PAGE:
Bracket your photos for the perfect shot
There’s no doubt that cameras have gotten dramatically better in recent years; thanks to on-board computers, the average modern point and shoot takes significantly better photos than pricier models from two decades ago. But despite all those advances, cameras remain surprisingly easy to fool. Unusual lighting conditions can trick your camera into under- or over-exposing photos. There are easy remedies for that, though. One method: Simply take several photos with varying exposures to ensure that one of the shots comes out right. That’s called exposure bracketing.
Photographers have been bracketing exposures for almost as long as there have been cameras. When faced with a tricky lighting situation—such as taking an outdoor portrait in bright sunlight and deep shadows—you can increase the odds of getting one great shot by taking several shots both over and under what the camera perceives is the ideal exposure. Sure, most of them will be throwaways, but digital film is free, right? Consider bracketing as an insurance policy, especially if the photo op is one of those once-in-a-lifetime events.
Bracketing is such a handy photo technique that many cameras (both point and shoots and DSLRs) include a feature so you can do it automatically. For most cameras, bracketing is a simple on or off affair. Turn it on–many cameras have a dedicated Bracketing button like the one shown here, but other cameras hide this feature in the menu. You might have to dive into your camera’s user manual to find the control.
When you take your photo, hold down the shutter release to take three sequential shots. Generally, the first shot captures the programmed exposure. The next shot will be underexposed by one stop, and finally, the last shot will be overexposed by one stop. You don’t have to hold the button down, either—just remember that as long as bracketing is engaged, each shot you fire will cycle among properly exposed, under- and over-exposed. Here is what the effect of just two stops of exposure can make (one is under-exposed by one stop, the other is over-exposed by the same amount):
Some cameras amp things up a bit by letting you get fancy with the bracketing settings. Suppose you want to take not 3 bracketed photos, but 5, under- and over-exposing by 2 stops. Or maybe you would rather take 3 shots, separated by 1.5 stops. Some cameras allow you to do this sort of thing by making changes in the LCD’s on-screen menu. You certainly never need to get that fancy, but really wide brackets can come in handy on occasion. If you like to take High Dynamic Range photos, for example, having 5 or more bracketed shots can help you get photos with a rich range of colors and exposures.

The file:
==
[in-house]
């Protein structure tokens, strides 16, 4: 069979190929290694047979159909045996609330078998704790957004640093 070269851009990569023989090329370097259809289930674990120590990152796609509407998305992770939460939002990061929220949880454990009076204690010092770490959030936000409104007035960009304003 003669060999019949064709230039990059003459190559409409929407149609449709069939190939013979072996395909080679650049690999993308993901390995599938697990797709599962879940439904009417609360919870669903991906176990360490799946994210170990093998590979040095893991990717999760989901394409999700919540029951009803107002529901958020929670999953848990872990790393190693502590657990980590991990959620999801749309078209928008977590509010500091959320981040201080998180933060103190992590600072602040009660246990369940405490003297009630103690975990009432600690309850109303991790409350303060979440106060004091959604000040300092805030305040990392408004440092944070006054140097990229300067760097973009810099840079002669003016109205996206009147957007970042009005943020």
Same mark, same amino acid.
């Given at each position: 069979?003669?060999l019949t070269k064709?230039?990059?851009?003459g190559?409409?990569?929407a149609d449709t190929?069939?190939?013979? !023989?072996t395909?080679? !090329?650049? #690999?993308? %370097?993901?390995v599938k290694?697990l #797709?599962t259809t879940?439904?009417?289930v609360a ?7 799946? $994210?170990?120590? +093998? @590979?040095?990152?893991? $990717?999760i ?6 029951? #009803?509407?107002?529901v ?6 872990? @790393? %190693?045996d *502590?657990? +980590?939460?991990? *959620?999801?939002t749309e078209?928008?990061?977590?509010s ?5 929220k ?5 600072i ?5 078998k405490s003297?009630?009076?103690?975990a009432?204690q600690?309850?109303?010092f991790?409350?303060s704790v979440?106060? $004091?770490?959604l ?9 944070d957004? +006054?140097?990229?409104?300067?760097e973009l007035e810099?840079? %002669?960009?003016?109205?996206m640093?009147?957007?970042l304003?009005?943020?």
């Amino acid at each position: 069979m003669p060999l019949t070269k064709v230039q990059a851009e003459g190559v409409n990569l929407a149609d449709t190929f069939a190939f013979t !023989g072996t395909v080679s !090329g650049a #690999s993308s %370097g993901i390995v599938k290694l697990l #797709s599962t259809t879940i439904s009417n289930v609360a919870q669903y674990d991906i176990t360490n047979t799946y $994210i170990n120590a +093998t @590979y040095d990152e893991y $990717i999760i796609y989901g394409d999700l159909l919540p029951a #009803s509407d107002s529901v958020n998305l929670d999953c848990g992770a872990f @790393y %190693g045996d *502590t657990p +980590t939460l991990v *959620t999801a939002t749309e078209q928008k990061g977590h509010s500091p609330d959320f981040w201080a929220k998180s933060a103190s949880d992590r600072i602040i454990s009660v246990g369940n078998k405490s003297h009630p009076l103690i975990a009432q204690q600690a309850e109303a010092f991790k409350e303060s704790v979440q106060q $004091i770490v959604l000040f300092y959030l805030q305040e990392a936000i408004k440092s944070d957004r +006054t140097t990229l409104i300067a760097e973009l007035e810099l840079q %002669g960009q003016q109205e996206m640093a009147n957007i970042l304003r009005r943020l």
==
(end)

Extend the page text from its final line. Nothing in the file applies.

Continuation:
Beware of unintentional bracketing
A word of caution: If you forget that your camera is in bracketing mode, and briefly press the shutter release to capture a single shot, your camera is still primed to finish the bracketed series. The next time you press the shutter release, you’ll get an underexposed photo. And the time after that? Overexposed. The bracketing mode will stay on until you turn it off, which can lead to a bizarre and confusing series of badly exposed shots. It’s always a good idea, when you start seeing unexpected results from your camera, to double check all the settings to make sure it’s not in a weird mode that’s doing bad things to your photos.
If your camera doesn’t have an automatic bracketing setting, don’t worry—you can still bracket your photos. It’s not even hard to do; it’ll just take a little extra effort.
Just take the first photo at the programmed or recommended exposure the way you normally would. Then set your camera’s exposure compensation control (usually marked with an Ev or a +/- symbol) to -1. This forces the next shot to underexpose from the recommended setting by one stop. Next, spin the Ev dial to +1 and take a photo that’s overexposed by a stop. When you’re done, return the Ev control to its default setting of 0.
Using the Ev dial, you can quickly and easily bracket your shots by any range you desire, from as little as a third of a stop (though that’s not likely to have much of a noticeable effect on your photos) to a stop or more. Either way, bracketing will help ensure you get at least one great shot in every shooting situation.